Skip to main content

Does my fiance qualify for mortgage debt forgiveness tax relief?

Spring Grove, PA |

He purchased a house with a former girlfriend in 2004 and broke up and moved out of the house in 2006. They did not do anything to remove his name from the mortgage/deed, but the ex-girlfriend continued to live in the house and pay the mortgage until 2009 when she moved and stopped making payments. In 2010, the house went into foreclosure, but the bank accepted a short sale which closed in November 2010. The house was HER primary residence, but has not been his since the breakup. Does this mean that he will have to pay taxes on his half of the forgiven amount or does he qualify for tax relief through the Mortgage Forgiveness Debt Relief Act? It was not a rental property (he in no way profited while she continued to live there), nor was it his "second home."

+ Read More

Attorney answers 2


A short sale under the amount of debt on the property triggers tax liability for cancellation of indebtedness under both federal and state tax laws. After a short sale, should the lender(s) forgive the debt in excess of the "sale price", your fiance and his former girlfriend will likely trigger income to the extent of debt forgiven and the lender will issue a Form 1099-C to that effect. You need to determine whether the debt is nonrecourse (not personally liable) or recourse (personally liable) because different analyses apply (i.e., Gain/Loss and Cancellation of Debt Income). Note: cancellation of debt income is taxed as ordinary income.

This situation is complicated by the fact that he can not claim the property as his principal residence after leaving. If the property is a principal residence subject to recourse debt, then I.R.C. section 108 federal exclusions for gain from the sale and discharge of acquisitional indebtedness would be applicable to transactions through 2012. However, it's important to note that cash taken out of the property value not used to improve the property is generally not qualified for exclusion and is taxable.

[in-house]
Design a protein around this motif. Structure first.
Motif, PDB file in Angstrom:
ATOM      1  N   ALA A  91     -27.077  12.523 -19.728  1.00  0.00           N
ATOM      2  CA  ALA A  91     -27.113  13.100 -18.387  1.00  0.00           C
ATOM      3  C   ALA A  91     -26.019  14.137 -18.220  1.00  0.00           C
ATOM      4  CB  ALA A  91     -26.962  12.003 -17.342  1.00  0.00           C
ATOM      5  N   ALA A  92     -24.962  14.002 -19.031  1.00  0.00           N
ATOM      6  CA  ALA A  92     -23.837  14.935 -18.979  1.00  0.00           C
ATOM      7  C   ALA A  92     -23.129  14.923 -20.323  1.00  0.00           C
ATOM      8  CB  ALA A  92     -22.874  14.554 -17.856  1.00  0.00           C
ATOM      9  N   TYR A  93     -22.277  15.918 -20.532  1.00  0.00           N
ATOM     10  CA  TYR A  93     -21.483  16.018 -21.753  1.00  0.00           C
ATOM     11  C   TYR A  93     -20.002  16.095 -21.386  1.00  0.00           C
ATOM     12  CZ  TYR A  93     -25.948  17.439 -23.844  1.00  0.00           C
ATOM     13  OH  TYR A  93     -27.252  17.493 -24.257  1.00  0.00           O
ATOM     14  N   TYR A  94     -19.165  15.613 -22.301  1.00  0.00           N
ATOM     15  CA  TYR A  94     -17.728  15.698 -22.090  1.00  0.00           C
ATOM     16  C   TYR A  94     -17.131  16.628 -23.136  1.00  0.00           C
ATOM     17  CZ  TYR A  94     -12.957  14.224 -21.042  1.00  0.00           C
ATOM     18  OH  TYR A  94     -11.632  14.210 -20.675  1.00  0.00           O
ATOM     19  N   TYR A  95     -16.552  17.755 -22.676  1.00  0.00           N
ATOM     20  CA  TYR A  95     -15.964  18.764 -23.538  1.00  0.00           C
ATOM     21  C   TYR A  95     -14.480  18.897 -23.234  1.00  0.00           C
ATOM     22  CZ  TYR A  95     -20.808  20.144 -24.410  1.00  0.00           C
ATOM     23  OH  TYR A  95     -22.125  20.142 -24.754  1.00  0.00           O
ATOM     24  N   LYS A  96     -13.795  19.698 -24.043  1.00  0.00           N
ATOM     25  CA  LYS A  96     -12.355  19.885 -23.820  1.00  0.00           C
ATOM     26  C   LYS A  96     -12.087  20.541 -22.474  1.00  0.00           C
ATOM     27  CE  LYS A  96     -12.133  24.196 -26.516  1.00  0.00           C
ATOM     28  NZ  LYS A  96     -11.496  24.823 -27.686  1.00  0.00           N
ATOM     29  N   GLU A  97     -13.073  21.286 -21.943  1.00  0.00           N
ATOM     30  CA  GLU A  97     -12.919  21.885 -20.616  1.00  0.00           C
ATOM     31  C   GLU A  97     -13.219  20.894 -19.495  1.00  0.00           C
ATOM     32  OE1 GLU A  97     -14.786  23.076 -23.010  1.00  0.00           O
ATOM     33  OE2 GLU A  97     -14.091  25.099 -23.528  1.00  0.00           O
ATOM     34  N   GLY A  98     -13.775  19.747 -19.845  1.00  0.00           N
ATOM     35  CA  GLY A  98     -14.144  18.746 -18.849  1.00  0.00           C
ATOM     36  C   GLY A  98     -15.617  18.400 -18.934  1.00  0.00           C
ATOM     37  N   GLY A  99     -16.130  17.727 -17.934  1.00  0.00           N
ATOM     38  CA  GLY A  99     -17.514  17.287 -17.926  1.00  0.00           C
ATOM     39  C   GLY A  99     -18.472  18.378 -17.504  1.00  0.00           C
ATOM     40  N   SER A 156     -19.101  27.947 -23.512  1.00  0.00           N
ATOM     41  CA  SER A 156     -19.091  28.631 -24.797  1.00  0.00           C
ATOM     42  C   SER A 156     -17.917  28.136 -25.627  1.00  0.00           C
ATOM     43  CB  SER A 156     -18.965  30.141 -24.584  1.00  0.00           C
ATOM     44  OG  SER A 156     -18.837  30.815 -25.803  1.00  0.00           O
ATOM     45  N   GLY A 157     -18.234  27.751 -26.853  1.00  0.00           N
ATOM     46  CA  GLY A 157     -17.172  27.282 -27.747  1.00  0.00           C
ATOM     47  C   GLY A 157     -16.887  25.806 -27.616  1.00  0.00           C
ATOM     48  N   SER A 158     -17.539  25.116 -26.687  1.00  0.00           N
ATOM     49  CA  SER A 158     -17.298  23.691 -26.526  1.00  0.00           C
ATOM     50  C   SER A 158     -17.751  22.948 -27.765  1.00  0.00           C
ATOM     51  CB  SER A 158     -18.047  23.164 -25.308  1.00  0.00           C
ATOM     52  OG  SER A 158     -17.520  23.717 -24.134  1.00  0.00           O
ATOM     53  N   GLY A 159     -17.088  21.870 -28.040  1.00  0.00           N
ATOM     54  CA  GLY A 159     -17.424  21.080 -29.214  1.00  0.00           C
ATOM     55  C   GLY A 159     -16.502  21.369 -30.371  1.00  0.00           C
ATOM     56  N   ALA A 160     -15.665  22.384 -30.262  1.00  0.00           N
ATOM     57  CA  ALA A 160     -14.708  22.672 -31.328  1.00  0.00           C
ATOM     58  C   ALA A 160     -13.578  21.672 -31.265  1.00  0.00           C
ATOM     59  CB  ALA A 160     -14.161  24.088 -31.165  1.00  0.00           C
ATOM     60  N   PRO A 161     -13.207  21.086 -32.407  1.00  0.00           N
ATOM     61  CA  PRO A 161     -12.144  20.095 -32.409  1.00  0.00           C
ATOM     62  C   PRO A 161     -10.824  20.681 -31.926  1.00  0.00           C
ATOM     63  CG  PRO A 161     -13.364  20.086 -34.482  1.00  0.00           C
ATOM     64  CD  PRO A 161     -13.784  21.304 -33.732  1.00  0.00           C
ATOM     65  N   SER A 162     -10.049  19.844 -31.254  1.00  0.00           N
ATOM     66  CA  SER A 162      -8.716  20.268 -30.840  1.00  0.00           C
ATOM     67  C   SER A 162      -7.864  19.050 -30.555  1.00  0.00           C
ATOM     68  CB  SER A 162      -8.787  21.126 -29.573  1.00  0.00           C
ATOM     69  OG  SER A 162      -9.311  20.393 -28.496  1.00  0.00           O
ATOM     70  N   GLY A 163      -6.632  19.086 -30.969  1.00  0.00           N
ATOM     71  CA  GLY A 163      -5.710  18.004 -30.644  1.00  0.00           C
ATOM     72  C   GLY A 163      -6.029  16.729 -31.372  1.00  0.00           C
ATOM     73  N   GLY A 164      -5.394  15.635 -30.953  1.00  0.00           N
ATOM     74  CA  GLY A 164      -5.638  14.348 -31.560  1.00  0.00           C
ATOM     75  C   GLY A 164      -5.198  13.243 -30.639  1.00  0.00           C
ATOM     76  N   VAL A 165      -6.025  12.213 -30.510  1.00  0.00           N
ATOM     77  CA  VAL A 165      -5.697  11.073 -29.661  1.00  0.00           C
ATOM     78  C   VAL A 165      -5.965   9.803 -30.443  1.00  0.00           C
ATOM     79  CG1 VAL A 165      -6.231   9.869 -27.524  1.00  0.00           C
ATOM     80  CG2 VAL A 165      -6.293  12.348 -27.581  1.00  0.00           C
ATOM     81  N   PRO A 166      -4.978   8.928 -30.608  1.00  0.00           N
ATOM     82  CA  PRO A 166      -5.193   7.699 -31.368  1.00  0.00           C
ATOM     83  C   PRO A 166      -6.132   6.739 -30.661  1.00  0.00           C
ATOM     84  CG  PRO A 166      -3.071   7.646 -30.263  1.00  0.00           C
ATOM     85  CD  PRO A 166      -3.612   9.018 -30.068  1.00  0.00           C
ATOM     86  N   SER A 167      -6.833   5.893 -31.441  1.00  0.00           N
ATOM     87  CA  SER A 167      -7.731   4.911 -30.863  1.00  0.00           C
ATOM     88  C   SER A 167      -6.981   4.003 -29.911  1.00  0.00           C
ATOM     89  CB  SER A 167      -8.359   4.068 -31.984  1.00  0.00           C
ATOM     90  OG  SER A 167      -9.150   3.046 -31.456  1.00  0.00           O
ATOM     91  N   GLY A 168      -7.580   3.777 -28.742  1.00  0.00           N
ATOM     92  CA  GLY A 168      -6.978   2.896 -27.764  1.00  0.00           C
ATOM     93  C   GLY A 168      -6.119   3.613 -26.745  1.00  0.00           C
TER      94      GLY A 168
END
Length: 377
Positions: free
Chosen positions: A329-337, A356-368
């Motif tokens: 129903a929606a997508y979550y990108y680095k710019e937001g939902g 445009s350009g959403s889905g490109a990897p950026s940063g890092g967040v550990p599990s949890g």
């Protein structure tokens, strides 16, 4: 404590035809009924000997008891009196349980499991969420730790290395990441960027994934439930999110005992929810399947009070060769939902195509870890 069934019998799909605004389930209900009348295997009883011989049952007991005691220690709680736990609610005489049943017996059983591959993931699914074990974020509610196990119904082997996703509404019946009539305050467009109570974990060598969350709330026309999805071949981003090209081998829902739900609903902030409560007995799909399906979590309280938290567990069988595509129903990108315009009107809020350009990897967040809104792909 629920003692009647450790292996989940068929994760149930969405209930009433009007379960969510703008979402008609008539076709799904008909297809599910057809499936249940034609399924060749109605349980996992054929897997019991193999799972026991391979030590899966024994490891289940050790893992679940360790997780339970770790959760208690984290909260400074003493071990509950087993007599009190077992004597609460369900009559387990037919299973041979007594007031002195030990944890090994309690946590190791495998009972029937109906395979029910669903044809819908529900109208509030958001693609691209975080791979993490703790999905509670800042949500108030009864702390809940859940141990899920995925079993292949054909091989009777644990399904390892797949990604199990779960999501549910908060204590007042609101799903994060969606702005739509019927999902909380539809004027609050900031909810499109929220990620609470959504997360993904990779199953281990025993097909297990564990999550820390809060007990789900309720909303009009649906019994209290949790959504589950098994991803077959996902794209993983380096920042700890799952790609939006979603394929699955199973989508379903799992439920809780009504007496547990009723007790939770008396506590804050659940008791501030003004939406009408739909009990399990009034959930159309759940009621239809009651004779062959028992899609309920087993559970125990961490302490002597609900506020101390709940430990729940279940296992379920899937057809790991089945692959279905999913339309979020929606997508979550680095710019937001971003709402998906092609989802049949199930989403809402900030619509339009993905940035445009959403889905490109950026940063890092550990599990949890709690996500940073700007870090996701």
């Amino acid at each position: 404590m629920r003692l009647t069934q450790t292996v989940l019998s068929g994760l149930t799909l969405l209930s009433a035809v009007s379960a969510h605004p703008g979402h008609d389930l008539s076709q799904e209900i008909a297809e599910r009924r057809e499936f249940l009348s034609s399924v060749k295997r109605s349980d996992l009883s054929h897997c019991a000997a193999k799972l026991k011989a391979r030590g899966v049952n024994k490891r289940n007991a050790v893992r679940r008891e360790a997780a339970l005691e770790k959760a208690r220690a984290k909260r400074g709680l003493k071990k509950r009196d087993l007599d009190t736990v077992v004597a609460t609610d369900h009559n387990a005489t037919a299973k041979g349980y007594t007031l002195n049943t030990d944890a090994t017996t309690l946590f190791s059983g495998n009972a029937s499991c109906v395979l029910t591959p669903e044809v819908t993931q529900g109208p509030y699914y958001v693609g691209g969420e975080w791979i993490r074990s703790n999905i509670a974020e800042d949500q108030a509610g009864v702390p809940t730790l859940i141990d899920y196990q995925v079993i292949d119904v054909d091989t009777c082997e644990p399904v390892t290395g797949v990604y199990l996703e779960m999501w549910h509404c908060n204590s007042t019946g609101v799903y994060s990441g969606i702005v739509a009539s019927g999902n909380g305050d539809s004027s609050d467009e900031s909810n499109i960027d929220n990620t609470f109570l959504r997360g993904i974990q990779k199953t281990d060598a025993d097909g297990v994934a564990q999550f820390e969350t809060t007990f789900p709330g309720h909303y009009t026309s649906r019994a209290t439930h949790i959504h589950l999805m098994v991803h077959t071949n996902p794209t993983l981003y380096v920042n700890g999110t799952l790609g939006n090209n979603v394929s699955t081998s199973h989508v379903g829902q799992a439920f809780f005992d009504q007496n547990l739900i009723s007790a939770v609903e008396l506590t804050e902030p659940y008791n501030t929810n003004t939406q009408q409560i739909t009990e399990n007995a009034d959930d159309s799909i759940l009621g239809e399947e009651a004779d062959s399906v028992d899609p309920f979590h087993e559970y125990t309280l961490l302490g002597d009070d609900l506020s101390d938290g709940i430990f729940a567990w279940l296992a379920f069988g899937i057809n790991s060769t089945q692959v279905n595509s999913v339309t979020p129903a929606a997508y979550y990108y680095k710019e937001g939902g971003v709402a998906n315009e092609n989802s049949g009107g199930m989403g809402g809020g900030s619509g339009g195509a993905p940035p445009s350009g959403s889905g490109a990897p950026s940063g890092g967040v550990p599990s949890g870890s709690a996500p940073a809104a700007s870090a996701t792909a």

The amount of cancellation of debt income and available exclusions depend upon ownership percentages which may have been impacted by the ex girlfriends payments after your fiance's departure. She may well still qualify for the exclusions, but if the property can no longer be classified as his principal residence, other exclusions may be applicable including qualified real property business, insolvency or bankruptcy. You need to have your fiance meet with a professional tax advisor to review the specific facts involved.

Click "thumbs up" if you've found helpful and/or informative.


The information in this answer is for general information purposes only. Nothing on this communication should be taken as legal advice for any case or situation. Nothing herein is intended as legal advice. You should not rely upon any information as a source of legal advice, and your receipt or viewing of any such information does not create an attorney-client relationship between you and James E. Pratt.

IRS Circular 230 Disclosure: To comply with requirements imposed by the IRS, we inform you that any U. S. federal tax advice contained herein (including any attachments), unless specifically stated otherwise, is not intended or written to be used, and cannot be used, for the purposes of (i) avoiding penalties under the Internal Revenue Code or (ii) promoting, marketing or recommending to another party any transaction or matter herein.


The debt relief that you are talking about is for those that have debt relief on their primary residence. If this was not his primary residence he is not entitled to the relief. You should have a local attorney review his specific facts to determine is primary residence when the debt was forgiven to make sure he does not qualify. If this relief is not available there are three other possibilities: 1) The debt is non-recourse, 2) He went bankrupt, or 3) he is insolvent.

Any individual seeking legal advice for their own situation should retain their own legal counsel as this response provides information that is general in nature and not specific to any person's unique situation. Circular 230 Disclaimer - Advice given in this response cannot be used to eliminate penalties with the IRS or any other governmental agency.

Bankruptcy and debt topics

Recommended articles about Bankruptcy and debt

What others are asking

Can't find what you're looking for?

Post a free question on our public forum.

Ask a Question

- or -

Search for lawyers by reviews and ratings.

Find a Lawyer